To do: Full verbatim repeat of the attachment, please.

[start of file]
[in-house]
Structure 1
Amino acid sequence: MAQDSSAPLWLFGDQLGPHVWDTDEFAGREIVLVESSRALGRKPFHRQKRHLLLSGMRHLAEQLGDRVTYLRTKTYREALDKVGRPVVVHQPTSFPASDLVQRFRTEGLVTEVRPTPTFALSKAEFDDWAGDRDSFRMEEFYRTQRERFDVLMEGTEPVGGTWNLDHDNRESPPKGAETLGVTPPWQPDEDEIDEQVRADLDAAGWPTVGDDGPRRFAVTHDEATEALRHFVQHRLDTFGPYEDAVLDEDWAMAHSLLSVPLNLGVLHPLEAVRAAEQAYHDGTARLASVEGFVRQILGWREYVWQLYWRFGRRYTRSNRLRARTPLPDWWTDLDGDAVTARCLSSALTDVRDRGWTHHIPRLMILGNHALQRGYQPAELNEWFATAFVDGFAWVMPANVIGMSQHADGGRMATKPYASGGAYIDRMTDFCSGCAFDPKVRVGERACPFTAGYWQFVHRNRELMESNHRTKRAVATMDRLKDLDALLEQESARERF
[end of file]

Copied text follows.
[in-house]
Structure 1
Amino acid sequence: MAQDSSAPLWLFGDQLGPHVWDTDEFAGREIVLVESSRALGRKPFHRQKRHLLLSGMRHLAEQLGDRVTYLRTKTYREALDKVGRPVVVHQPTSFPASDLVQRFRTEGLVTEVRPTPTFALSKAEFDDWAGDRDSFRMEEFYRTQRERFDVLMEGTEPVGGTWNLDHDNRESPPKGAETLGVTPPWQPDEDEIDEQVRADLDAAGWPTVGDDGPRRFAVTHDEATEALRHFVQHRLDTFGPYEDAVLDEDWAMAHSLLSVPLNLGVLHPLEAVRAAEQAYHDGTARLASVEGFVRQILGWREYVWQLYWRFGRRYTRSNRLRARTPLPDWWTDLDGDAVTARCLSSALTDVRDRGWTHHIPRLMILGNHALQRGYQPAELNEWFATAFVDGFAWVMPANVIGMSQHADGGRMATKPYASGGAYIDRMTDFCSGCAFDPKVRVGERACPFTAGYWQFVHRNRELMESNHRTKRAVATMDRLKDLDALLEQESARERF